Parenting Plans for Children 9 to 18 Months

Between the ages of nine and eighteen months, the transition from infant to toddler gradually takes place. There is tremendous and rapid skill development, including motor accomplishments (crawling, standing and walking), communication from sounds and smiles to simple words, and beginning expressions of simple emotions (hugs, kisses, anger, fear, and anxiety).

Predictability and consistency remain essential. Babies can respond to multiple nurturing caregivers if there is sensitivity to their cues and needs, and regularity in their waking, eating, and sleeping schedules. Babies may continue to express fear and anxiety if a familiar caregiver is not there to comfort them.

It is important for each parent to have the opportunity to:

  • Participate in daily routines such as feeding, bathing, napping, playing.
  • Have frequent contact with the child. Separations of more than three or four days from either parent will interfere with a healthy attachment to that parent.
  • Establish similar routines in each home by creating a communication log to be shared between the parents that describe the child’s daily experience.

If a parent has not been involved in caregiving previously, frequent short visits several times weekly will help to develop a mutually secure relationship and allow the parent to master the tasks required in caring for a baby. Daytime visits may be lengthened gradually, and overnights added as the parent and child develop a stronger bond, and the parent is comfortably able to attend to feeding, bathing, diapering, soothing and bedtime needs.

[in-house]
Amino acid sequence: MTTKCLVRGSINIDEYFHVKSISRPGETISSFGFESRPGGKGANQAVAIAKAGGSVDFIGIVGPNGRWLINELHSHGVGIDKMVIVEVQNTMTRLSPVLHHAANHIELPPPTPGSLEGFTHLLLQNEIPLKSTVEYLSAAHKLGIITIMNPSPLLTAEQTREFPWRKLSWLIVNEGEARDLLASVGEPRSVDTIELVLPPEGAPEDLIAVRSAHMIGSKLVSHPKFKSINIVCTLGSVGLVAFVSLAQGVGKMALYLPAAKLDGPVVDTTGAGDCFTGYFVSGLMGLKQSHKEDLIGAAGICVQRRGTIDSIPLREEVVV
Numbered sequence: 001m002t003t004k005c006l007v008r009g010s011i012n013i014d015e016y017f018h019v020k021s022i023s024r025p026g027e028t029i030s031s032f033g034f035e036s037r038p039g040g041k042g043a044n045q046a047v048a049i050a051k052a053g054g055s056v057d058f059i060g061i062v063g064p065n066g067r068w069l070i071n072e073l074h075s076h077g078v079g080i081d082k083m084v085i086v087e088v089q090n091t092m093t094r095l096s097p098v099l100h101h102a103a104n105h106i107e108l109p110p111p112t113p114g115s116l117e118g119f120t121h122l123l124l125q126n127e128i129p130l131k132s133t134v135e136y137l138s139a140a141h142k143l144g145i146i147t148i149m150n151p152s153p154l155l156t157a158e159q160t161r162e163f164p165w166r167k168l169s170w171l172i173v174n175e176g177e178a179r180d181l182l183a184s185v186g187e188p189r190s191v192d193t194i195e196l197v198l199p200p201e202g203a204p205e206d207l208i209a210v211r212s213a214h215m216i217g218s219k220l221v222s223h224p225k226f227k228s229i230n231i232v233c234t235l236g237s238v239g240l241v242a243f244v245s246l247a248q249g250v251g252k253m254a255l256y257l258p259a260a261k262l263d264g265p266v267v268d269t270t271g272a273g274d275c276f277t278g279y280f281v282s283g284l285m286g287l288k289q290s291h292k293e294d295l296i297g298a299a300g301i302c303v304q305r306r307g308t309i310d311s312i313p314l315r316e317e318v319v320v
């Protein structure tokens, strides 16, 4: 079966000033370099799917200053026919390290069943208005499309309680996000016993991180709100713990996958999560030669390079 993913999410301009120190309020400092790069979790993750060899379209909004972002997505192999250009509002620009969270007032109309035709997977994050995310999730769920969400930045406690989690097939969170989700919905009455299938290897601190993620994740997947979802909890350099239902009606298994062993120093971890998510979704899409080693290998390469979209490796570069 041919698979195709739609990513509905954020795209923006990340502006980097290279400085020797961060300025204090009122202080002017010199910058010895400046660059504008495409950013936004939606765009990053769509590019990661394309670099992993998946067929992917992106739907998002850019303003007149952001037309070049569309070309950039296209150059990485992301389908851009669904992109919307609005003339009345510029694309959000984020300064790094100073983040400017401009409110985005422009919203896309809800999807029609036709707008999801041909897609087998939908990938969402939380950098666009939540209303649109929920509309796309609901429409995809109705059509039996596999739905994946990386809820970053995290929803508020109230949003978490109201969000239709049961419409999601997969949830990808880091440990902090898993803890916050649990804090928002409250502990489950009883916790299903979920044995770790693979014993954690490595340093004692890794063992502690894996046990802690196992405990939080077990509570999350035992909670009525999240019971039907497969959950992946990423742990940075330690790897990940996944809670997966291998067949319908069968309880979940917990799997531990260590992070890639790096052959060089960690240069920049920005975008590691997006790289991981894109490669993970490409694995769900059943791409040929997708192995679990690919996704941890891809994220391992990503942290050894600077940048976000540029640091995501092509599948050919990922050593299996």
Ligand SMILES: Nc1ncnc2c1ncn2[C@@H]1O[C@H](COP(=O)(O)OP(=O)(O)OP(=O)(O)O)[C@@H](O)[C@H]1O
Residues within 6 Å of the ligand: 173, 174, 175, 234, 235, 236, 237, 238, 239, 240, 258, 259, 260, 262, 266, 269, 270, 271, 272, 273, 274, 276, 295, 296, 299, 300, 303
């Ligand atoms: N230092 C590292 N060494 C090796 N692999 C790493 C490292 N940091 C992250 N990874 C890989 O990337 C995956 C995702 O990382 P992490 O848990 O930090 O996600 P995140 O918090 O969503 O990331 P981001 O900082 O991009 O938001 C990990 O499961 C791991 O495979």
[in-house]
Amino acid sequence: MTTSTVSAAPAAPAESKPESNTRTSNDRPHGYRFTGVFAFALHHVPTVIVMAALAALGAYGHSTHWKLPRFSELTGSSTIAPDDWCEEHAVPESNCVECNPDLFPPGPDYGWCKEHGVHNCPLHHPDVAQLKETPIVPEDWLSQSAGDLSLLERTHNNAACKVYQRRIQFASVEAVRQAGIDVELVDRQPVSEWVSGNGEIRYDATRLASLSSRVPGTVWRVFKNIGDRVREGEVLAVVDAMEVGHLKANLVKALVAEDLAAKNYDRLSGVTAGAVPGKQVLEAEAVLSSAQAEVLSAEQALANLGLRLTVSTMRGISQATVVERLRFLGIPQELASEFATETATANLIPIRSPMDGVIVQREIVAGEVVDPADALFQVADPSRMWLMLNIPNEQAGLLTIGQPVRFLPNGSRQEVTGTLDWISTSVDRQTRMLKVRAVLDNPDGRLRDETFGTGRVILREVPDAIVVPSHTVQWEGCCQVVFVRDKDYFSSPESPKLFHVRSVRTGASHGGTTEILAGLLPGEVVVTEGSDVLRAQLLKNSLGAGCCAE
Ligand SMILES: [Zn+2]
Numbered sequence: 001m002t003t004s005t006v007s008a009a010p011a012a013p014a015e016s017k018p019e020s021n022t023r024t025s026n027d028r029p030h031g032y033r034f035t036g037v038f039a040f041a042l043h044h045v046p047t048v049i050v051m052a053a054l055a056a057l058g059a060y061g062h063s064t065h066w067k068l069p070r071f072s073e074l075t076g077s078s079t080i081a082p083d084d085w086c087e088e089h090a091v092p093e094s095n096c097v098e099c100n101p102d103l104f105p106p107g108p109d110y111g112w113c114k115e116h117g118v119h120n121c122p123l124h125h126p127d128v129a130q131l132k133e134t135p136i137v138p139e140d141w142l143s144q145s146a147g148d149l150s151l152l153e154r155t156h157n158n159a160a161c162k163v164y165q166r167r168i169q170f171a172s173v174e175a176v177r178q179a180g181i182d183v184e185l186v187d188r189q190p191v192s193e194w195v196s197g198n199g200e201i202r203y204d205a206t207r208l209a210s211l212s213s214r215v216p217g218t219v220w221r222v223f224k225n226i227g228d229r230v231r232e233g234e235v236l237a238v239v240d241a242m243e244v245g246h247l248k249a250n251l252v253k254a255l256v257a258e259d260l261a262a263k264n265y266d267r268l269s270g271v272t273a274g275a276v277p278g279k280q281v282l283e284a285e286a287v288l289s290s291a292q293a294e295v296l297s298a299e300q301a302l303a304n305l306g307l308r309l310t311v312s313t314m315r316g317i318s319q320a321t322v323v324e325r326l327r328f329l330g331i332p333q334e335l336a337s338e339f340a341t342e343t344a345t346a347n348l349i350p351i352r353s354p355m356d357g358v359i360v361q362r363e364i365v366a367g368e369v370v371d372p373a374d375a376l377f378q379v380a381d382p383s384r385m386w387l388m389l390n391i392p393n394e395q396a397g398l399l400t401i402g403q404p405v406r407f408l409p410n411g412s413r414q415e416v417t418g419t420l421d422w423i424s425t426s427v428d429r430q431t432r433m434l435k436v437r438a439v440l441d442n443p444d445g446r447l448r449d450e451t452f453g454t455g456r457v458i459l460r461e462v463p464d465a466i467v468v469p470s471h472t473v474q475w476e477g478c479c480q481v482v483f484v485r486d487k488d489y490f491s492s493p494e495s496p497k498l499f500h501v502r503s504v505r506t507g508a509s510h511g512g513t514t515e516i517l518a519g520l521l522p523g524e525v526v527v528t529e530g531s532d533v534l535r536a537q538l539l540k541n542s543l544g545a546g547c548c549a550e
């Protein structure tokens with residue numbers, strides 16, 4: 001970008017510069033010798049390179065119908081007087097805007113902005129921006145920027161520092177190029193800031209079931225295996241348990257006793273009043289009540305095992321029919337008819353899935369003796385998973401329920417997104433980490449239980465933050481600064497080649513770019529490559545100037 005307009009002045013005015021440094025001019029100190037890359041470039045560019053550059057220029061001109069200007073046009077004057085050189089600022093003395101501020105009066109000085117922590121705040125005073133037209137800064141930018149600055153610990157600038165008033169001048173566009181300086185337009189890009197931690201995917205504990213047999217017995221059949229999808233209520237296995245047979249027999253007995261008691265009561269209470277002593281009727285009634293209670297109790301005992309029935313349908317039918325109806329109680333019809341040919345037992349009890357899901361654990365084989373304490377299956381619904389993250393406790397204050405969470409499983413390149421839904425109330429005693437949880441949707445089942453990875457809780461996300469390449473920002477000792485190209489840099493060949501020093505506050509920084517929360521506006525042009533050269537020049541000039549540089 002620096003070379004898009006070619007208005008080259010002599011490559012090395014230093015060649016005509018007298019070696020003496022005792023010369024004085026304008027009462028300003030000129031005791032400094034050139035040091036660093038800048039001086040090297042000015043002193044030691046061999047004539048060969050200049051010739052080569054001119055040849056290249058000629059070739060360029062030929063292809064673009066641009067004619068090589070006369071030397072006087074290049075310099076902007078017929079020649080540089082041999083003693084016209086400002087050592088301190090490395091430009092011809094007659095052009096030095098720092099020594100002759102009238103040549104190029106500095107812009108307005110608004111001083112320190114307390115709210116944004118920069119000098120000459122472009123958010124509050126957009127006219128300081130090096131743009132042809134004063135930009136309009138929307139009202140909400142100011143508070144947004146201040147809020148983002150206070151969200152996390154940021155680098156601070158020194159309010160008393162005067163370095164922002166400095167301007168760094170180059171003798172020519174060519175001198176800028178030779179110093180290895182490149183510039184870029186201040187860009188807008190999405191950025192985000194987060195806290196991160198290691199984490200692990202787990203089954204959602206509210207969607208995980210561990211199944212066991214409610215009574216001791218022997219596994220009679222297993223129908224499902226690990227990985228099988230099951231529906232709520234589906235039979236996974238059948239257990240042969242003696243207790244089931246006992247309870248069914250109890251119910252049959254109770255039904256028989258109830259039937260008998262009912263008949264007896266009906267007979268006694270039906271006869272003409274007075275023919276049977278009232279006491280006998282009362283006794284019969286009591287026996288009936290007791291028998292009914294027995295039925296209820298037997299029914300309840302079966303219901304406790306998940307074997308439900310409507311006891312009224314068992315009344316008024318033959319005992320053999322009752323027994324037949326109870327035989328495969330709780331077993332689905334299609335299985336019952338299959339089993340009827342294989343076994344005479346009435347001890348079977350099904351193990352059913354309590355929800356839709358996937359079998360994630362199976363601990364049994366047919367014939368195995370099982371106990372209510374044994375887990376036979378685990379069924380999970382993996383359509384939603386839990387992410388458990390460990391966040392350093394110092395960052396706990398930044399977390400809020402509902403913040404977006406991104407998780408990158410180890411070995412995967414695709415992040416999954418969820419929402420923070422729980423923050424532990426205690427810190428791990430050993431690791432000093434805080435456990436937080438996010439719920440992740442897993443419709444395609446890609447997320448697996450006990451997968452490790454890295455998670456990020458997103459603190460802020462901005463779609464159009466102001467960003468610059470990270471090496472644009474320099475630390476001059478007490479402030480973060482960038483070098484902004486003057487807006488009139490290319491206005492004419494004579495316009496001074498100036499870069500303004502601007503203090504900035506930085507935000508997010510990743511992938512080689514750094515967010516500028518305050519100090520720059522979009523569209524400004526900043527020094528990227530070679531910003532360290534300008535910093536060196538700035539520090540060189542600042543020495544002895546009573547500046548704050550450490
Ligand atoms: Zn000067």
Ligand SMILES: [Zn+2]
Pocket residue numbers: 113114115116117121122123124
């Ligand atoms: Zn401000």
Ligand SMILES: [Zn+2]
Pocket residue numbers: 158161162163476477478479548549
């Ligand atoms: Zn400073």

When both parents are working outside the home, and a child is with a third-party caregiver during the workday, many parents split the weekend and consider an additional one or two overnights with the non-residential parent during the week as well as other mid-week contacts. Although this is quite workable if the non-residential parent was “hands-on” with childcare when they lived together, parents should remain sensitive to the child’s response to several caregivers and multiple transitions. If both parents participated in all aspects of childcare on a reasonably consistent basis before the separation, the plan should allow for shared parenting to continue.